MEXICO CITY – Chilean Joaquin Niemann defeated Sergio Garcia in a play-off to capture LIV Golf’s Mayakoba event on Feb 4.

Niemann, who shot a stunning 59 in Friday’s first round, clinched the victory, as darkness fell, on the fourth play-off hole.

The 25-year-old, who missed putts to win on the 18th in regulation and then again on the first two play-off holes, sank his putt from the fringe before being soaked with champagne.

The play-off pair had been offered the choice of playing one last hole in the badly deteriorating light or finishing their duel on Feb 5.

To the delight of the Mexican crowd at the El Camaleon course, near the popular resort of Playa del Carmen, they decided to play on.

Garcia’s approach shot found deep rough behind the bunker but the Spaniard’s chip whistled past the flagpole and left him with plenty of work to do for par.

In the end, though, it did not matter as Niemann finally made a birdie putt to seal his first win on the Saudi-backed LIV circuit.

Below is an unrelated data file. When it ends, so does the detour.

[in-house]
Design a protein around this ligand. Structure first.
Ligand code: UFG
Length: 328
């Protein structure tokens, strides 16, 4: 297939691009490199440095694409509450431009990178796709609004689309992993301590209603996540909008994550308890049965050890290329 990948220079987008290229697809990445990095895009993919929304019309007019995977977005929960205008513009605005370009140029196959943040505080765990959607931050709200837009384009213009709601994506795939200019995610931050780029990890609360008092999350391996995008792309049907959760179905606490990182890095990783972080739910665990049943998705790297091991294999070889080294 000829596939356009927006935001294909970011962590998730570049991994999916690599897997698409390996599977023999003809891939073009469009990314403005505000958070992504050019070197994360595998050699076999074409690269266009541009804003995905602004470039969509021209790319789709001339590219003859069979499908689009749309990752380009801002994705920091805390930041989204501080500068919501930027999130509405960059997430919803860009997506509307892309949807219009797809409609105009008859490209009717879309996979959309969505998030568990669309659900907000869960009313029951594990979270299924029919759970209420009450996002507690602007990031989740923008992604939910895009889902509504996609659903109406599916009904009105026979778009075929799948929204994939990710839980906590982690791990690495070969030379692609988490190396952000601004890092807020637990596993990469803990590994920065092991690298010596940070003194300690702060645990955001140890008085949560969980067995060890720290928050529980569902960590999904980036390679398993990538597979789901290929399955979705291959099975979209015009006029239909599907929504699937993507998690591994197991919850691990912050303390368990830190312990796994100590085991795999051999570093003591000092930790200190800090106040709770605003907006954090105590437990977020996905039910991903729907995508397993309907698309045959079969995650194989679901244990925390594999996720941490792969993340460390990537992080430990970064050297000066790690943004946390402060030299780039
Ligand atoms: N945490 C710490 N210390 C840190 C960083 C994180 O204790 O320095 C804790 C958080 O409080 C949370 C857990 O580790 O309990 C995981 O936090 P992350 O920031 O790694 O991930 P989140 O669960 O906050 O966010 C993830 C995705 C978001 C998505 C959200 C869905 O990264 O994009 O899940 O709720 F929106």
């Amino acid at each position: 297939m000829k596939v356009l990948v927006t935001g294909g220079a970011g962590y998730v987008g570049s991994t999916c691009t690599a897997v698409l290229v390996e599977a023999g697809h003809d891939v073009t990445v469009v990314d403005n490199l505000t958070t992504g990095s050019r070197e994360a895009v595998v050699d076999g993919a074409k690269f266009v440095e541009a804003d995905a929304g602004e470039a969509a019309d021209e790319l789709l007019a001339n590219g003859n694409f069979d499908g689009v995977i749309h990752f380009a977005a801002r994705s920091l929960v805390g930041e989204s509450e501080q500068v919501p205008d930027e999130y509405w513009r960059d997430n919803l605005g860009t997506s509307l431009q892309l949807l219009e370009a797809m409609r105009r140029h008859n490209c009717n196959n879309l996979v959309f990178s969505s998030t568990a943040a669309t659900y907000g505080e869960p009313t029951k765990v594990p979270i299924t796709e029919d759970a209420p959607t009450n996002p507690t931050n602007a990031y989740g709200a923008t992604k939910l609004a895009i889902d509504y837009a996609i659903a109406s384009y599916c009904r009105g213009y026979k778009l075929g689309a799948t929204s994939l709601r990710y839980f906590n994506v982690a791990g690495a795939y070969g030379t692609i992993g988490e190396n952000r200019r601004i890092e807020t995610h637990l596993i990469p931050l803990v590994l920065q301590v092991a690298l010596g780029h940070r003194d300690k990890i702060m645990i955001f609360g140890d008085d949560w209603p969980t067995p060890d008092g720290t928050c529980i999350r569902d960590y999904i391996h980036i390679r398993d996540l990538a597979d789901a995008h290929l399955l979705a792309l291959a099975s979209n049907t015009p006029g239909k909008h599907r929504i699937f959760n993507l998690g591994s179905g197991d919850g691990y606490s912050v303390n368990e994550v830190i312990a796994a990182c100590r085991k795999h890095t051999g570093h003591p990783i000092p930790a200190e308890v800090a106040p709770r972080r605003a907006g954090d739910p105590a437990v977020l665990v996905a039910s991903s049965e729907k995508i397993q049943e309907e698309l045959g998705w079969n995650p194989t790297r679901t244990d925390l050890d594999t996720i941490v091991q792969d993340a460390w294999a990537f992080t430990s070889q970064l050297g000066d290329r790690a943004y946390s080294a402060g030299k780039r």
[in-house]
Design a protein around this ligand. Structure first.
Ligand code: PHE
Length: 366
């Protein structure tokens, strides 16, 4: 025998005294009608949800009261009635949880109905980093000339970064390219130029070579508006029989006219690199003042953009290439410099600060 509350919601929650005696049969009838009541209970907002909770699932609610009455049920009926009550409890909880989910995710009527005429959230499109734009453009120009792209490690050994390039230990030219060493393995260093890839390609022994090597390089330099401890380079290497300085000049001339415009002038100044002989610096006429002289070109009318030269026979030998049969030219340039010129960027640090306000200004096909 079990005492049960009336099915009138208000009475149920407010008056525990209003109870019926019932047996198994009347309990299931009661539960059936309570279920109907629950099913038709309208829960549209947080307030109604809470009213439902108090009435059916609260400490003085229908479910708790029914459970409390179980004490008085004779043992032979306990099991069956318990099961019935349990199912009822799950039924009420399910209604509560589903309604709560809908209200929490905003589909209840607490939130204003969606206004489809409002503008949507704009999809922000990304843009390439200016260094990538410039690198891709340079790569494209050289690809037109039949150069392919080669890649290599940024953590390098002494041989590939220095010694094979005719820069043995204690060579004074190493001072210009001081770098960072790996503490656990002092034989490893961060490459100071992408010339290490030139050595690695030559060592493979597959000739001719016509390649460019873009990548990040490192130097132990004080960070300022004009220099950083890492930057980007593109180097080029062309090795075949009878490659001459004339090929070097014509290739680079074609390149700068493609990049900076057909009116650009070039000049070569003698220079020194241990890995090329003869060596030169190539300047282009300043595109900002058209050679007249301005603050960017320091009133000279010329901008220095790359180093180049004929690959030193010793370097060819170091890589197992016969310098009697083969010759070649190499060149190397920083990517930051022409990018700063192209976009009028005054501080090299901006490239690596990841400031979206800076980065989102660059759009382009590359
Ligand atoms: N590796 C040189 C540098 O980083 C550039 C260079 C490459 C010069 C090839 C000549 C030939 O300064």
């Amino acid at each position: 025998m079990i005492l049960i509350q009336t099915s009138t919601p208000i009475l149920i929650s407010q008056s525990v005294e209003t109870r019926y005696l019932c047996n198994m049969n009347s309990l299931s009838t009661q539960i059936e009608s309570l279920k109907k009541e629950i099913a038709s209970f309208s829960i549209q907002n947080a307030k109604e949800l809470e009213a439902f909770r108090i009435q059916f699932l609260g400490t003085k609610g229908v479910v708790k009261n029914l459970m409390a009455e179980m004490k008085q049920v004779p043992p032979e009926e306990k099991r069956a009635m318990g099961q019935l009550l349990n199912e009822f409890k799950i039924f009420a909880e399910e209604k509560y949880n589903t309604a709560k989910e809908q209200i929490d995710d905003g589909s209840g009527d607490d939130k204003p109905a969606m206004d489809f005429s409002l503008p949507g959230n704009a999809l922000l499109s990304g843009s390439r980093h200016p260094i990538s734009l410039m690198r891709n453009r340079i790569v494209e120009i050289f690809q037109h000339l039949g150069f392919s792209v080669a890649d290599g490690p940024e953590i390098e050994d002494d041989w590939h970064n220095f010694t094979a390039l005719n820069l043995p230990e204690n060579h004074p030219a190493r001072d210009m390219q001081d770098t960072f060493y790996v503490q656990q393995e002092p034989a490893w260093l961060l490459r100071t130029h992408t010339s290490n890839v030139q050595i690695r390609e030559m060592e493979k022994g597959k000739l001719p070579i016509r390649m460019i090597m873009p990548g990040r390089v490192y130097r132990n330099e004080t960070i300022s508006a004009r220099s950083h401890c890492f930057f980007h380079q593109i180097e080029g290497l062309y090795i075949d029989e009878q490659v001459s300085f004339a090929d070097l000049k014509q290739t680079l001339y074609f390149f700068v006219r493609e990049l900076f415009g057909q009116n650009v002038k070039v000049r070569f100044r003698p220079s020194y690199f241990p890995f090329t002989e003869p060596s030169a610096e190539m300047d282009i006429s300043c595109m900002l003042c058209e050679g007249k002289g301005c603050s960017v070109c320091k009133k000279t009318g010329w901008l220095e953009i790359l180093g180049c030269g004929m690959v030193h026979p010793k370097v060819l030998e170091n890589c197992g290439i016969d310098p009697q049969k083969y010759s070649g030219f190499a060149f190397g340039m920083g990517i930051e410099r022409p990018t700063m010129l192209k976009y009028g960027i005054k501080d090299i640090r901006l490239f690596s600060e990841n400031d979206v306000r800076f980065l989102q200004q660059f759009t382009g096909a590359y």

Niemann, who will play in the British Open thanks to his triumph in December’s Australian Open, said he was delighted but hoped that the game’s authorities would find a way for him to compete in more majors.

“I’ve been seeing this (coming) for the last couple of weeks and on the practice grounds I saw myself making that last putt to win, so it’s freaking awesome,” he said.

“I want to win majors but I’ve got to get in first.”

LIV golfers are finding it increasingly difficult to qualify for majors given their performances are not counted on the Official Golf World Rankings.

Negotiations remain ongoing between the PGA Tour and DP World Tour with LIV’s owners, Saudi Arabia’s Public Investment Fund, to complete a framework agreement for a merger unveiled last June.

It was a disappointing end for Garcia, one of the original rebels who joined the breakaway tour. he has yet to win on the LIV circuit and has now lost twice in play-offs.

Garcia, the 2017 Masters champion, last won on the PGA Tour in October 2020.

He had finished tied after 54 holes on 12-under 201 with Niemann, two strokes ahead of compatriot Jon Rahm, the current Masters champion.

Rahm had a great chance to win the tournament but made bogeys on the final two holes to settle for third.

There was some compensation for Rahm, however, with his newly formed team, Legion XIII, winning the team competition. AFP

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